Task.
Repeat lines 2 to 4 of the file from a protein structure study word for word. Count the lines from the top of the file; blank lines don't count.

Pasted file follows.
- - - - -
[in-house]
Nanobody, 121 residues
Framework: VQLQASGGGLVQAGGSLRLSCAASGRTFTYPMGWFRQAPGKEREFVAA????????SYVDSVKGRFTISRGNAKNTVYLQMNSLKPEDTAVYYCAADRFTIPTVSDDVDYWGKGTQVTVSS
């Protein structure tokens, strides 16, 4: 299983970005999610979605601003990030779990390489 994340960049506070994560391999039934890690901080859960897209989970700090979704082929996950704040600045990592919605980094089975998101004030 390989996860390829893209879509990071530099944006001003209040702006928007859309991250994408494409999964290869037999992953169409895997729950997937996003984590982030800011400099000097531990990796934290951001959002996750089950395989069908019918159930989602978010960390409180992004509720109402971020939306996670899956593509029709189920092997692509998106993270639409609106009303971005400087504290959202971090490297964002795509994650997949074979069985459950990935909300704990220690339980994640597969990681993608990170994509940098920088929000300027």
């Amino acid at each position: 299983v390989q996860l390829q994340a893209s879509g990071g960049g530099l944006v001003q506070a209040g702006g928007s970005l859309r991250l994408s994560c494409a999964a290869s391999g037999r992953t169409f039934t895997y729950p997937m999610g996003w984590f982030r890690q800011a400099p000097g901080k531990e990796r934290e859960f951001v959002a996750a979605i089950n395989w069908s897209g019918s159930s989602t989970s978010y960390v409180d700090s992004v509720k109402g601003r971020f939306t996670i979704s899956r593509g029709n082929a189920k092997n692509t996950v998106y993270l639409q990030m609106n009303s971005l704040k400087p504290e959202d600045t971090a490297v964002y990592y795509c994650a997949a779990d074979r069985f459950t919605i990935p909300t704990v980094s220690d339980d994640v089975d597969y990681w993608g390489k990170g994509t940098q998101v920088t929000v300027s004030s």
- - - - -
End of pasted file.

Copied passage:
Nanobody, 121 residues
Framework: VQLQASGGGLVQAGGSLRLSCAASGRTFTYPMGWFRQAPGKEREFVAA????????SYVDSVKGRFTISRGNAKNTVYLQMNSLKPEDTAVYYCAADRFTIPTVSDDVDYWGKGTQVTVSS
């Protein structure tokens, strides 16, 4: 299983970005999610979605601003990030779990390489 994340960049506070994560391999039934890690901080859960897209989970700090979704082929996950704040600045990592919605980094089975998101004030 390989996860390829893209879509990071530099944006001003209040702006928007859309991250994408494409999964290869037999992953169409895997729950997937996003984590982030800011400099000097531990990796934290951001959002996750089950395989069908019918159930989602978010960390409180992004509720109402971020939306996670899956593509029709189920092997692509998106993270639409609106009303971005400087504290959202971090490297964002795509994650997949074979069985459950990935909300704990220690339980994640597969990681993608990170994509940098920088929000300027």